Boxing clever to give birds a fresh start

Birds have put the coldest winter weather for 30 years behind them and are busily pairing up for the breeding season.

But undoubtedly the harsh conditions will have taken their toll on many of our resident birds, and a good breeding season this year would be welcome to help redress the balance.

We can give birds a helping hand by providing safe nesting sites for them in the form of nest boxes, and the British Trust for Ornithology launches its annual National Nest Box Week on Monday, Valentine’s Day, traditionally the day that birds choose their mates.

Sign up to our daily newsletter

The i newsletter cut through the noise

The event, which has been running every year since 1997, has undoubtedly played a major part in encouraging us to put up many of the five million-plus nest boxes throughout Britain.

More than 60 species are known to use the boxes, which range from a general type used by many small birds through to more specialised boxes used by owls.

The smaller-holed boxes are preferred by tits and sparrows, while robins, blackbirds and thrushes will readily take to low-fronted open boxes.

A good guide to all types of boxes is the BTO Nestbox Guide, by Chris De Feu, which gives details of how to build your own boxes, where to site and maintain them, and also information on the 24 British bird species that use them most regularly.

For more information, visit

Nest boxes provide safe sites for birds to raise their young, and these, combined with suitable spring and summer weather, help numbers recover quickly.

Preliminary results from the BTO’s Constant Effort Ringing Scheme show that January 2010’s snow and ice resulted in a 27 per cent fall in robin numbers compared to the five-year average, and a 20 per cent fall in wren numbers.

But both went on to have a good breeding season and productivity, with robins producing 22 per cent more young and wrens 14 per cent.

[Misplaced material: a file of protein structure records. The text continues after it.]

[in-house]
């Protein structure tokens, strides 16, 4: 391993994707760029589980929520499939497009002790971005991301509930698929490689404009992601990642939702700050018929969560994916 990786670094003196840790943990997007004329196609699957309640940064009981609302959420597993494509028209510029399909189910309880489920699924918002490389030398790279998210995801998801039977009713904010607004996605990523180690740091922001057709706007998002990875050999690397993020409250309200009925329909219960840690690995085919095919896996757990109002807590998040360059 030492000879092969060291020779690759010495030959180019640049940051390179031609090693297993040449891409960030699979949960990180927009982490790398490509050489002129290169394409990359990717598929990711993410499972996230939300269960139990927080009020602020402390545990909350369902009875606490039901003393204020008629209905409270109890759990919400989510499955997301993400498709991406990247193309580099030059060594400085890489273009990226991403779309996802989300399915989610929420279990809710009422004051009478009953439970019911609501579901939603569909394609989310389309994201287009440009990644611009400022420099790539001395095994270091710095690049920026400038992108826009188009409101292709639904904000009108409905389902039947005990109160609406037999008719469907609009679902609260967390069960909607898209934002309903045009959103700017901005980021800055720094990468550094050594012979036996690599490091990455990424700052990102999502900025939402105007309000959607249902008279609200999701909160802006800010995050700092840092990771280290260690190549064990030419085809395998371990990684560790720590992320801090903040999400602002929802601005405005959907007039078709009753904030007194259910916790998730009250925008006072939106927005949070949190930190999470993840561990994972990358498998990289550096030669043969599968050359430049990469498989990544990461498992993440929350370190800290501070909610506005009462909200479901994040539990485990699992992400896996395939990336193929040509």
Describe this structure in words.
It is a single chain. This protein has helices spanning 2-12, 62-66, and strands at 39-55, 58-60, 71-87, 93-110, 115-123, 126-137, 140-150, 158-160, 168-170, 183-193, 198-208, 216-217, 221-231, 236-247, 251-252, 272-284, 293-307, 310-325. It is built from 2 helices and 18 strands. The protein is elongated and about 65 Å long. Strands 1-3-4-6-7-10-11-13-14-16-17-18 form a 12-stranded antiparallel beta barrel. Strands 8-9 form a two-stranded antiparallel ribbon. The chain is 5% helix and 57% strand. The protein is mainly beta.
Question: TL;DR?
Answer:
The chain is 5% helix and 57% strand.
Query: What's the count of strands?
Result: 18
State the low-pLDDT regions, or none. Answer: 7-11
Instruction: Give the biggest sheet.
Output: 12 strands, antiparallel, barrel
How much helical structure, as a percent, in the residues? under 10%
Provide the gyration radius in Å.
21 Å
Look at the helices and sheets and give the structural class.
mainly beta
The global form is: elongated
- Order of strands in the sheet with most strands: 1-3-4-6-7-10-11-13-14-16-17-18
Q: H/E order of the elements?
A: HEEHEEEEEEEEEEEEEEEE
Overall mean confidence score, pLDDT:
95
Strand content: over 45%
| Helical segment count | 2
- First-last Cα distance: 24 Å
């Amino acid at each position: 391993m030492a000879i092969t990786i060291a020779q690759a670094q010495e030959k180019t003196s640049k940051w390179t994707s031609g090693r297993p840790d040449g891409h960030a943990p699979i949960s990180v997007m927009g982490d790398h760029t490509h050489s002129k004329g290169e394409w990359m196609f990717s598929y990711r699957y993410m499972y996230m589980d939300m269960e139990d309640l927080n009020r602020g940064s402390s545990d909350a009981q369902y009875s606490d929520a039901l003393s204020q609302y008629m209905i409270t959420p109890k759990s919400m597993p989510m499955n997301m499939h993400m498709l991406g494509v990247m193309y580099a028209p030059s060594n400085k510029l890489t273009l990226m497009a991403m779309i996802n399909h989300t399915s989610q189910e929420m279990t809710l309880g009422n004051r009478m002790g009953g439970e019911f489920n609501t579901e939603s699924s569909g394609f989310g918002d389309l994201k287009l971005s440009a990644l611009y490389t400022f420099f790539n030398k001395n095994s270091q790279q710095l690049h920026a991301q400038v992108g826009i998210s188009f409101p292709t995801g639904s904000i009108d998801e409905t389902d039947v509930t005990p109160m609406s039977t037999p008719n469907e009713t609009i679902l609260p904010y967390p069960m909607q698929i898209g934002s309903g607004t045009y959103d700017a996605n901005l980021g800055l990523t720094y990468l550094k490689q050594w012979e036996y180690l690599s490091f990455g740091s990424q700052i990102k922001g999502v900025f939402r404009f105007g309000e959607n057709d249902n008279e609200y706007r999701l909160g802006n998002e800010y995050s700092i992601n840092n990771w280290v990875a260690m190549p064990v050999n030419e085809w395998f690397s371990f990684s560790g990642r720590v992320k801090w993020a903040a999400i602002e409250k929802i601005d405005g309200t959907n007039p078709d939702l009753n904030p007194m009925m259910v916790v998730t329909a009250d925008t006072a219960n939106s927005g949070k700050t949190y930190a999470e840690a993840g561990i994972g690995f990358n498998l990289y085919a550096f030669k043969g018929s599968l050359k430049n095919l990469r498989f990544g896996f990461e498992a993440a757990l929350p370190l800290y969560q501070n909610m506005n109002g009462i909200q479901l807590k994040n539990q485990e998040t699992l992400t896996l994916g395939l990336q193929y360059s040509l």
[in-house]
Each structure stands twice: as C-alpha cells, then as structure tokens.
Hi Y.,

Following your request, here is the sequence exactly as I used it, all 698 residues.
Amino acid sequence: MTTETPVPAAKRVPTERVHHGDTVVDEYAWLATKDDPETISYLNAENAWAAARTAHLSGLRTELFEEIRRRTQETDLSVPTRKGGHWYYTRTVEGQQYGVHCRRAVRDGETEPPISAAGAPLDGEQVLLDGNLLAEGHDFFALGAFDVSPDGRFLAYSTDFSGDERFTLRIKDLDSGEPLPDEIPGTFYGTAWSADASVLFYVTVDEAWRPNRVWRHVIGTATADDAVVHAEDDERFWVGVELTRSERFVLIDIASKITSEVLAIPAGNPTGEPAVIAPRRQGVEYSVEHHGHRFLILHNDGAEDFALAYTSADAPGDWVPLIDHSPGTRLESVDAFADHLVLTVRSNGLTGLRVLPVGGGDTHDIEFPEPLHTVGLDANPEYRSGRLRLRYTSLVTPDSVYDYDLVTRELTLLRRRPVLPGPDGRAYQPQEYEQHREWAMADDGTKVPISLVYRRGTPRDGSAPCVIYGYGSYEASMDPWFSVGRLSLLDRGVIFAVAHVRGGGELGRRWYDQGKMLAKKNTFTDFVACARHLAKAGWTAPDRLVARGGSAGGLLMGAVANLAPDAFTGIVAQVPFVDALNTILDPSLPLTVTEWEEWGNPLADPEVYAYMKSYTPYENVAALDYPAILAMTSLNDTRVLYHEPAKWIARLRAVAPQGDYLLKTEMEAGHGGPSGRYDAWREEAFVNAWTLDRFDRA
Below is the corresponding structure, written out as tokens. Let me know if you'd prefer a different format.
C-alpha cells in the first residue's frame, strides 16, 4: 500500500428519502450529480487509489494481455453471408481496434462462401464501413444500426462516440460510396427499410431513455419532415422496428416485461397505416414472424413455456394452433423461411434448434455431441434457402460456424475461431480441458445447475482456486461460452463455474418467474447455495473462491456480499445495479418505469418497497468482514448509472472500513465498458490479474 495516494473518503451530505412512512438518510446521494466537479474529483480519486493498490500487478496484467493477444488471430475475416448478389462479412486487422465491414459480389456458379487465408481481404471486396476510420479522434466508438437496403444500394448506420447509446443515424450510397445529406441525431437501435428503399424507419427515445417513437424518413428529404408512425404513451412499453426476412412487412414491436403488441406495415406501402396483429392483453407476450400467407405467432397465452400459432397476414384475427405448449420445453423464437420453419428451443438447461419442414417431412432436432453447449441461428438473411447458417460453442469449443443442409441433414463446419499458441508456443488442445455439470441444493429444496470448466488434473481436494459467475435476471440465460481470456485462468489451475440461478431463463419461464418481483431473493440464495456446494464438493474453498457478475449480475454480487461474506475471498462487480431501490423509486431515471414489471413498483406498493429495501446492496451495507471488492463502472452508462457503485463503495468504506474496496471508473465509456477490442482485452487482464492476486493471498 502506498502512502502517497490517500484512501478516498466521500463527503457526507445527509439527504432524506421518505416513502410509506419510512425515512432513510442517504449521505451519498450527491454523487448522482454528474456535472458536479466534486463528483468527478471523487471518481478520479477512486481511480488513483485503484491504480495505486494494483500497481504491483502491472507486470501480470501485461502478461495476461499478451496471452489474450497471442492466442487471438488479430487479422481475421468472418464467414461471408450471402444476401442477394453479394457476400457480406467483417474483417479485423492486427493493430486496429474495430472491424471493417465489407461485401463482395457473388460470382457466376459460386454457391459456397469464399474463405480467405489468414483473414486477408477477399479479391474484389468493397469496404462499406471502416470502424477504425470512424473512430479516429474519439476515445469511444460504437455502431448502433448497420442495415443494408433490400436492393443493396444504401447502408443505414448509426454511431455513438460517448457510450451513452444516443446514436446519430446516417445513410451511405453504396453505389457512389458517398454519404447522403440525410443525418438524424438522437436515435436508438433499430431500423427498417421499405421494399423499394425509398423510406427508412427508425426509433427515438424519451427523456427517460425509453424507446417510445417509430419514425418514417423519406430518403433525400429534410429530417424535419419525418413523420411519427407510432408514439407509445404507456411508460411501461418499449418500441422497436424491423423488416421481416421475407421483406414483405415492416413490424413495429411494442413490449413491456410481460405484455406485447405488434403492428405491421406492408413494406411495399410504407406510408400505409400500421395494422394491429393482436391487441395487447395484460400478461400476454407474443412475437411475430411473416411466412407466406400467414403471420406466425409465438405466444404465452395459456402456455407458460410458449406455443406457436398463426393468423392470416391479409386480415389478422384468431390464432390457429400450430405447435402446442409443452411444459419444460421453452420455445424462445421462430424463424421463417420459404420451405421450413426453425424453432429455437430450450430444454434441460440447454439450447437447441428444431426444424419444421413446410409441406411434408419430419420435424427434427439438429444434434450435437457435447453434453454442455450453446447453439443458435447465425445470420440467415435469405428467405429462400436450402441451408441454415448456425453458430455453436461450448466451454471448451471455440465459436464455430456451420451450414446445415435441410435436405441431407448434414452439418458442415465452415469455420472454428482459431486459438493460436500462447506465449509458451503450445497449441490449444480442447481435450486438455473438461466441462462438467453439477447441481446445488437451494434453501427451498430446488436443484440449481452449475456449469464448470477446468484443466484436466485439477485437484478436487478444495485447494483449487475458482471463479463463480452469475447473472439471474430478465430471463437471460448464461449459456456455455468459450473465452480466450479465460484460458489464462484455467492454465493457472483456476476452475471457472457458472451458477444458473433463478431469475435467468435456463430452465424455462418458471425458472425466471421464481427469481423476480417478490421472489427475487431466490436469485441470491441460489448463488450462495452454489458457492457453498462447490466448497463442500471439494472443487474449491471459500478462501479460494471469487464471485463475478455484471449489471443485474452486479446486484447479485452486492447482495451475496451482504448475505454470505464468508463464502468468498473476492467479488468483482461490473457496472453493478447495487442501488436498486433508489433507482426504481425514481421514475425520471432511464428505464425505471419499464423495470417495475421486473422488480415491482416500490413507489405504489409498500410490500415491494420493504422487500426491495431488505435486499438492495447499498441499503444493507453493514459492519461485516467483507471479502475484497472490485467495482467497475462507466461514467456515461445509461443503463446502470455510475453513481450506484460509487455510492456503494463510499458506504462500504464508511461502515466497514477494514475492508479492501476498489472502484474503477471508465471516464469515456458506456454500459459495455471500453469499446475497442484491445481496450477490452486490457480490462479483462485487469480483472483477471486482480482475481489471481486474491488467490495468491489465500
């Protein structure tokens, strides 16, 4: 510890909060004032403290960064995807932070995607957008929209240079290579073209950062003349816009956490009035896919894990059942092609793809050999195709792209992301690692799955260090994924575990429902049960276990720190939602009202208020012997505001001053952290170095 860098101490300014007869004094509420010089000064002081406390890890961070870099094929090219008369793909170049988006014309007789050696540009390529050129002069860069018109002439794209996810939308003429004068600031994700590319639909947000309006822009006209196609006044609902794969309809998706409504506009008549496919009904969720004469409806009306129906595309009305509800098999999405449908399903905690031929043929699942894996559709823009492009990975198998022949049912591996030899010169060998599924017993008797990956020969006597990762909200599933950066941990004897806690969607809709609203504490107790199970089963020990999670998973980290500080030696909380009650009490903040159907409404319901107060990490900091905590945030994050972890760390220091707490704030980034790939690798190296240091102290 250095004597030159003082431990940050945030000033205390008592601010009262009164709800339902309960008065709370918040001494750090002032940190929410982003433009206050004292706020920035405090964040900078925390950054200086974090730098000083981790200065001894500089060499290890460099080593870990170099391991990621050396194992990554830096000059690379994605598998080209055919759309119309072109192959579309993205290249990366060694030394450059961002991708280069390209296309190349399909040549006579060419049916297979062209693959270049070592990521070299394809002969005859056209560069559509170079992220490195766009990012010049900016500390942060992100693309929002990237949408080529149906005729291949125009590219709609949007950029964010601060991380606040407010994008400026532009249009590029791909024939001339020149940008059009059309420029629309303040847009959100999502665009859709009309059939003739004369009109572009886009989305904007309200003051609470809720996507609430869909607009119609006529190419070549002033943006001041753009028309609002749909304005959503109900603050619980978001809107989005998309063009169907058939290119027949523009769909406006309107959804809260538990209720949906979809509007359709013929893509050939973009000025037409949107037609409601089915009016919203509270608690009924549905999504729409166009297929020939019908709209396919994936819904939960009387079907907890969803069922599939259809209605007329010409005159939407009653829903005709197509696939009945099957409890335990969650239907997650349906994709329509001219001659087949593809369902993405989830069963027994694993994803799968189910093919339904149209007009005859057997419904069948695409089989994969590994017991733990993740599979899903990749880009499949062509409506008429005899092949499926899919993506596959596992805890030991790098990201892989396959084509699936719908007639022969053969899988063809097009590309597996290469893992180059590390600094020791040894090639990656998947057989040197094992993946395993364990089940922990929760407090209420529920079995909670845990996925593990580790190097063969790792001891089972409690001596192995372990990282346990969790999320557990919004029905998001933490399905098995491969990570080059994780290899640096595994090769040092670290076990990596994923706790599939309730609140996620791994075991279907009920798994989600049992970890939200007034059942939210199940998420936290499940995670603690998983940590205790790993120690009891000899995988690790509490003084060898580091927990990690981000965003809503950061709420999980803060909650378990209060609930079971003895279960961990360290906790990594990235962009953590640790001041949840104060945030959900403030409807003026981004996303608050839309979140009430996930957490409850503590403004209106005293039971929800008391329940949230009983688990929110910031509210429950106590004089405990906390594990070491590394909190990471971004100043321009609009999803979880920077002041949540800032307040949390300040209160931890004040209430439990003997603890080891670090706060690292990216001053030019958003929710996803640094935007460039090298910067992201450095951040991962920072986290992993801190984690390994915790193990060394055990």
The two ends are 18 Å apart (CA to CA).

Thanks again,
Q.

The impact of this winter’s weather has yet to be determined.

Results from this year’s Big Garden Birdwatch, for which 100,000 survey forms were received in just two days by the RSPB, should provide a vital insight. But whatever the outcome, nest boxes will give many birds a helping hand.

This week’s sunny weather has encouraged many birds of prey to start displaying, with 11 buzzards in the air together at the Fairburn Ings reserve, near Castleford, at least six marsh harriers back at the Blacktoft Sands reserve, and several ring-tailed hen harriers also being seen.

An Arctic redpoll has continued to be seen from time to time along the Riverbank Trail at Fairburn Ings, along with 15 mealy and 100-plus lesser redpolls.

Four long-eared owls, two bitterns, eight white-fronted geese and four redhead smews have also been seen on the reserve.

Two redhead smews have been seen at the Watton Nature Reserve, East Yorkshire, and a drake at Wintersett reservoir, near Wakefield, where a drake red-breasted merganser has also been seen.

A drake ring-necked duck is still at Cowpen Bewley, Cleveland, while a female is still at Nosterfield Nature Reserve, North Yorkshire.

A drake green-winged teal, another North American vagrant, is at Bowesfield Marsh, Cleveland.

An adult ring-billed gull is still visiting Sands Lane gravel pits, West Yorkshire.